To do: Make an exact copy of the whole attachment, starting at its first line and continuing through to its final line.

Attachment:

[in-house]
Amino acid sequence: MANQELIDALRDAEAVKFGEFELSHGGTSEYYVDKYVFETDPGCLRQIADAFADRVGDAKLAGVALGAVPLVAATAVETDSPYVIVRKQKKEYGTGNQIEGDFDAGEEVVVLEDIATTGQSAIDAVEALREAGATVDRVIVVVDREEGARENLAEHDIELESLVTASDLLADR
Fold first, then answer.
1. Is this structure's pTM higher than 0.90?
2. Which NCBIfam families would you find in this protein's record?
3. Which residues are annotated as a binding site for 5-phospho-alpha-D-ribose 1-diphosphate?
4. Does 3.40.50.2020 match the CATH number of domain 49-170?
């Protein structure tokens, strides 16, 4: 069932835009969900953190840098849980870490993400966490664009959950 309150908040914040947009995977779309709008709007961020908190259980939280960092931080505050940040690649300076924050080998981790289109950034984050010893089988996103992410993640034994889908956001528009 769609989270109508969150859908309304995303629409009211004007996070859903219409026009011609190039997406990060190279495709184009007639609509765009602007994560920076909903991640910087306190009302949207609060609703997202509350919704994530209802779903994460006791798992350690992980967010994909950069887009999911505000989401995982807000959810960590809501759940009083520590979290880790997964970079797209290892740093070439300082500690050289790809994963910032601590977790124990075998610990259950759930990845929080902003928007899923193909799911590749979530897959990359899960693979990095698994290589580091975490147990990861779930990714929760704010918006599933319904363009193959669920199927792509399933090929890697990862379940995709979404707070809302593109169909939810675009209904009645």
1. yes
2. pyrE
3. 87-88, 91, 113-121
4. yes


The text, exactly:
[in-house]
Amino acid sequence: MANQELIDALRDAEAVKFGEFELSHGGTSEYYVDKYVFETDPGCLRQIADAFADRVGDAKLAGVALGAVPLVAATAVETDSPYVIVRKQKKEYGTGNQIEGDFDAGEEVVVLEDIATTGQSAIDAVEALREAGATVDRVIVVVDREEGARENLAEHDIELESLVTASDLLADR
Fold first, then answer.
1. Is this structure's pTM higher than 0.90?
2. Which NCBIfam families would you find in this protein's record?
3. Which residues are annotated as a binding site for 5-phospho-alpha-D-ribose 1-diphosphate?
4. Does 3.40.50.2020 match the CATH number of domain 49-170?
């Protein structure tokens, strides 16, 4: 069932835009969900953190840098849980870490993400966490664009959950 309150908040914040947009995977779309709008709007961020908190259980939280960092931080505050940040690649300076924050080998981790289109950034984050010893089988996103992410993640034994889908956001528009 769609989270109508969150859908309304995303629409009211004007996070859903219409026009011609190039997406990060190279495709184009007639609509765009602007994560920076909903991640910087306190009302949207609060609703997202509350919704994530209802779903994460006791798992350690992980967010994909950069887009999911505000989401995982807000959810960590809501759940009083520590979290880790997964970079797209290892740093070439300082500690050289790809994963910032601590977790124990075998610990259950759930990845929080902003928007899923193909799911590749979530897959990359899960693979990095698994290589580091975490147990990861779930990714929760704010918006599933319904363009193959669920199927792509399933090929890697990862379940995709979404707070809302593109169909939810675009209904009645």
1. yes
2. pyrE
3. 87-88, 91, 113-121
4. yes